Here’s the thing, the reason we struggle with long-term goals even when they’re of high value to us, is exactly because they are long-term. They’re distant, so in the ‘now’ we can’t achieve gratification from them, they can’t satisfy us while we wait for them and work for them. Unfortunately, we’re attracted to things that offer instant reward, even when it may be miniscule relative to how rewarding reaching your long-term goal would be.


Why Do We Fall Off Track?

It makes sense, we can only experience life in the ‘now’ and the future is intangible. This makes it hard to pick something in the future over something that you can have right on the spot. It’s a psychological phenomena that we all have to try to work around. What causes it is delay discounting and preference reversal.

Delay discounting is where the more distant a reward is, the more it drops in value to us which can lead to preference reversal, which is the tendency to set out for a larger more distant reward, but end up opting for a smaller but sooner reward instead.

This is why we go for the sleep in, the Netflix binge, the party, or the one-too-many pieces of cake, even though it would be rationally expected that passing that test, graduating, lifting that P.B, or reaching a healthy weight would be by far more satisfying and more worthwhile. For some, the perceived value of a reward drops off quickly the more distant it is, while for others the percieved value doesn’t reduce that much at all with distance. This is why some of us have so much willpower and self-control, but others find it incredibly hard to stay on track.



Strategies for Success:

1. Treat Yo’ Self:

With the knowledge that we prefer and opt for immediate rewards over delayed rewards, it makes further sense that you are more likely to stick with a long-term goal if pursuing it offers immediate rewards – rewards that present either during or following a behaviour.

‘Immediate rewards’ can be natural, such as endorphins or just enjoying an activity, or can be created by you or others, such as receiving praise or a treat. To reward something you don’t do much of, you can also introduce rewards according to the Primack Principle. According to this principle, lower probability behaviours are reinforced by higher probability behaviours. Basically this means that giving yourself the option to engage in an activity you do more of after you complete an activity you do less of acts as a reward and increases how often you do the ‘less often’ activity.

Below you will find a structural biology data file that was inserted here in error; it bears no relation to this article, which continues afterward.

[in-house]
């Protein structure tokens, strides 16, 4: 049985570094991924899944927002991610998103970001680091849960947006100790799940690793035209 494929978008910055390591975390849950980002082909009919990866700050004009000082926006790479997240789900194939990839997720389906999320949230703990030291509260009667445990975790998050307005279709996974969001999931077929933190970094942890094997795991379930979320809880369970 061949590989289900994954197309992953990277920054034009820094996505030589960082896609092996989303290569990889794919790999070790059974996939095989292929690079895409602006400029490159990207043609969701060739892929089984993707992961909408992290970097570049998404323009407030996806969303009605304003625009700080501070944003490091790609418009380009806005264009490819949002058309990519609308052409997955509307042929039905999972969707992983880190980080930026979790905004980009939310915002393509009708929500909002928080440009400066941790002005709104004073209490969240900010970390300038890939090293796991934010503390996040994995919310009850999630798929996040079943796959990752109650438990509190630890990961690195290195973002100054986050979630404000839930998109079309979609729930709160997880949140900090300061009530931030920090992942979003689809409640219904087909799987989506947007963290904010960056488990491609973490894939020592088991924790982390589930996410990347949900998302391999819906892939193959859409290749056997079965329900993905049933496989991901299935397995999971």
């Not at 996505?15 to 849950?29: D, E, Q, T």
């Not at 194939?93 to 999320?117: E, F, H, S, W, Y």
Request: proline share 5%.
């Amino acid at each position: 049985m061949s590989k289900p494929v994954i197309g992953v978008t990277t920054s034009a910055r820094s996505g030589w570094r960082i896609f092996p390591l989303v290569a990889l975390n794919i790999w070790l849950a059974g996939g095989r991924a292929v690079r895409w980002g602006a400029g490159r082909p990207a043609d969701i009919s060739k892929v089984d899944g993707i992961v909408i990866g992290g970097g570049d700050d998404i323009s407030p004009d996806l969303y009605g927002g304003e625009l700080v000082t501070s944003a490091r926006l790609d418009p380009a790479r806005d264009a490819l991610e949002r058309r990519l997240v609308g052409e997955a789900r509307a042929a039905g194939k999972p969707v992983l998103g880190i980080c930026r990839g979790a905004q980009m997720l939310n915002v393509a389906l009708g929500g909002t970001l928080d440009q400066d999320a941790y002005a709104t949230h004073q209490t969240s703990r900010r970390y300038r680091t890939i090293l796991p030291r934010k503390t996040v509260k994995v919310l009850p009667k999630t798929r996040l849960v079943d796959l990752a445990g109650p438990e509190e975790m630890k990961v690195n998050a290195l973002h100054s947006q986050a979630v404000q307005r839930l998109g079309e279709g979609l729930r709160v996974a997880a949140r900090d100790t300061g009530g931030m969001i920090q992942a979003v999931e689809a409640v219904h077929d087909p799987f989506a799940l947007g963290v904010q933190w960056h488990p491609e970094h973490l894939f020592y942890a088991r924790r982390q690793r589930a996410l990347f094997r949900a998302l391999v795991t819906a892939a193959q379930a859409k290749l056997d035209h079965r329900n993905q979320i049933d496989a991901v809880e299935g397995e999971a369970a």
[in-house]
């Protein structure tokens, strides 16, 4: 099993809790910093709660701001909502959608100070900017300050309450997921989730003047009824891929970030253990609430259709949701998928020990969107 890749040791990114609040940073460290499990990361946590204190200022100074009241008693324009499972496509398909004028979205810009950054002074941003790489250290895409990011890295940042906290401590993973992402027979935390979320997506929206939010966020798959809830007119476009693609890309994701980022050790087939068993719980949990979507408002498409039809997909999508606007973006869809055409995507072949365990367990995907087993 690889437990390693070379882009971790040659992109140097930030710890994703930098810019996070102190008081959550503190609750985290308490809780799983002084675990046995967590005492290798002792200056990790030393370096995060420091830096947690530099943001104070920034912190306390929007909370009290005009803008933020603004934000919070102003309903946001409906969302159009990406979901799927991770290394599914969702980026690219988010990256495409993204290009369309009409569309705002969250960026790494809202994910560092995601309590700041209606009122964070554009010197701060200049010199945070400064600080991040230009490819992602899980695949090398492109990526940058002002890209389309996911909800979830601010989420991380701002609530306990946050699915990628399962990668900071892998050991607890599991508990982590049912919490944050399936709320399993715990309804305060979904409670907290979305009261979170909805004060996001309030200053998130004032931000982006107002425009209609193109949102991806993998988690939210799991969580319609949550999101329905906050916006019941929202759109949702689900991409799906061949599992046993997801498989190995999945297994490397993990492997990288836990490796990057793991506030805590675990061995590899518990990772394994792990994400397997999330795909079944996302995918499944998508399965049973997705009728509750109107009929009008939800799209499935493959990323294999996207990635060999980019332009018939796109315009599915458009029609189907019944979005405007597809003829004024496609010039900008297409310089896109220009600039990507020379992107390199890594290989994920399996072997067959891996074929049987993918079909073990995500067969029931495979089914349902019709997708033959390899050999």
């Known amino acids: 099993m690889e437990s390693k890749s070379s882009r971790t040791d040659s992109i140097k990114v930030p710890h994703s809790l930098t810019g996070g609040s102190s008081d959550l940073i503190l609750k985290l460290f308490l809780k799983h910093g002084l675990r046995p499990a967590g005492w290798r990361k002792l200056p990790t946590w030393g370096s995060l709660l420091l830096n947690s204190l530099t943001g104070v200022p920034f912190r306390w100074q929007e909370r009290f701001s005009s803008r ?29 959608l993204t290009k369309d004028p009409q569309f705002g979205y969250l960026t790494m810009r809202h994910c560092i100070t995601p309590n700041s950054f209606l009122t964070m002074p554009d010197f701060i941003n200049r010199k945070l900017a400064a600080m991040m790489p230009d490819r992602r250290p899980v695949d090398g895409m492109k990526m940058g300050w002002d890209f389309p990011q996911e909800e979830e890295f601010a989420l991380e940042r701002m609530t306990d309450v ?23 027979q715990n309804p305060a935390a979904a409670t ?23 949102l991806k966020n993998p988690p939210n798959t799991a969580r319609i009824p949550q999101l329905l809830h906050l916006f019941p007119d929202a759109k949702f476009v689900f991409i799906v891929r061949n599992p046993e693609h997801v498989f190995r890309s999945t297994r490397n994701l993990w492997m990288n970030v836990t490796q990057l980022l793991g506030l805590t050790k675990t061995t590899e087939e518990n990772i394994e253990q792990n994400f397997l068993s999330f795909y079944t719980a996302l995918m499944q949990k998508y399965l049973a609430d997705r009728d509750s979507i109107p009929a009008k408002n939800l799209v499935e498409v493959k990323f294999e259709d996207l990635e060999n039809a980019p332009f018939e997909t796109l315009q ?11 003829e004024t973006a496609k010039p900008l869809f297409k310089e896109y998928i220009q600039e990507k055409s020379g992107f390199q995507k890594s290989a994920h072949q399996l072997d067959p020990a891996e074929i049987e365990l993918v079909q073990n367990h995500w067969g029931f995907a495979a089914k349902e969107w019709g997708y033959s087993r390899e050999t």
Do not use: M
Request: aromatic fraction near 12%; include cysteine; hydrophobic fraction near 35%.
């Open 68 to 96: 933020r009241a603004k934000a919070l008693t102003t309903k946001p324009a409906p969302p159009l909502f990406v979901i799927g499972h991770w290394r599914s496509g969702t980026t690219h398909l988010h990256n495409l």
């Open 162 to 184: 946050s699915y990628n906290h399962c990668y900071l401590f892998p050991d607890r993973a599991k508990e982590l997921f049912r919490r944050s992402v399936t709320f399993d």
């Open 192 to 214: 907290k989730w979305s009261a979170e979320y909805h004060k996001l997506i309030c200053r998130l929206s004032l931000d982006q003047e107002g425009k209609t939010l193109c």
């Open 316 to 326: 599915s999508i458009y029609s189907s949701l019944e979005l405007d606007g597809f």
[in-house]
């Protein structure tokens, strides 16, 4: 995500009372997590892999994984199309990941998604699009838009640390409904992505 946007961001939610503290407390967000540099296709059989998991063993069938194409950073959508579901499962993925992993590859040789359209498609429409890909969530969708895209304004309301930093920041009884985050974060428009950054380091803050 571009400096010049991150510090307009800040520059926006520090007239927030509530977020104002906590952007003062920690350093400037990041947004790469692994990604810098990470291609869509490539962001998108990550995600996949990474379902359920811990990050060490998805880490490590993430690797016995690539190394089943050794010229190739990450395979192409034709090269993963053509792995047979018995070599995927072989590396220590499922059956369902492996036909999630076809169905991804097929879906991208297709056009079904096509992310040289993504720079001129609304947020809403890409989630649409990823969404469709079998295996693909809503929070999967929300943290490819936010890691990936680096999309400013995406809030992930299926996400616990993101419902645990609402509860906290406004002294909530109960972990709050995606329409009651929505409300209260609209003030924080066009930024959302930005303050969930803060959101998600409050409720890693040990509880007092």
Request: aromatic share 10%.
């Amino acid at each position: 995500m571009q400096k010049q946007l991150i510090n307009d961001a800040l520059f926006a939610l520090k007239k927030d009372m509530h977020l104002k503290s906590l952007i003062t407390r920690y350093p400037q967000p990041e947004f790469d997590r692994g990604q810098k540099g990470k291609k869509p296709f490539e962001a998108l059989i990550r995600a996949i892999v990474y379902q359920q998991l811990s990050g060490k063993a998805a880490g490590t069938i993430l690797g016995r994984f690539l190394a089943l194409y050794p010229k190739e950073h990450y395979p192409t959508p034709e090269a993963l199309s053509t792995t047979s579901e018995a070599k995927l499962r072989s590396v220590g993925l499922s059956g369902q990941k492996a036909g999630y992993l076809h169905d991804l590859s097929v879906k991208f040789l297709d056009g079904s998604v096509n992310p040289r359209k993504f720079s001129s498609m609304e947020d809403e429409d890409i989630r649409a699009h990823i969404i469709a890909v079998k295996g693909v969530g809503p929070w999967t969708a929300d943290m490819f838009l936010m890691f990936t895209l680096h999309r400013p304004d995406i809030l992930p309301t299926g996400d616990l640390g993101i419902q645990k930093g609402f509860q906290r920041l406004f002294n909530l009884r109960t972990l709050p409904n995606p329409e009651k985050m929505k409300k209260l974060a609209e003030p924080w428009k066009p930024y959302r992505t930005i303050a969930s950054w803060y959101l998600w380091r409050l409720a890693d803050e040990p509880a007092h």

Because evidence shows that immediate rewards predict sticking to long-term goals, why not hack that? If you’re having trouble sticking to a goal because you don’t enjoy the work you have to put in to achieve it, then add in some of your own rewards! It’s a behavioural fact that we are more likely to engage in a behaviour which we are rewarded for, so the more a behaviour is rewarded, the more we do it.

Ideas for Reinforcement:

  •  Make sure you do that work somewhere you enjoy. Ensure that you’re comfortable, warm, fed and your space is clean and pleasant so that it’s a nice, enjoyable environment to be in. It’s proven that having a rewarding environment acts to reward the behaviours performed in that environment.
  • After a set time or after getting a set amount done, allow yourself a treat, or a set amount of time doing something you enjoy.
  • Get someone to join in with you, having social support can be motivating and more fun, therefore more rewarding.
  • Reach out to someone close to you and tell them about the work you just put in for your goal, hearing them be proud and praise you can act as a reward.
  • If there are alternative methods to achieving your goal and you aren’t enjoying the method you’re currently using, try another way! This is very relevant for achieving diet and exercise goals – there is no one-way to be fit, healthy, gain or lose weight. If you don’t enjoy what you’re doing, change it!

2. Lock it In: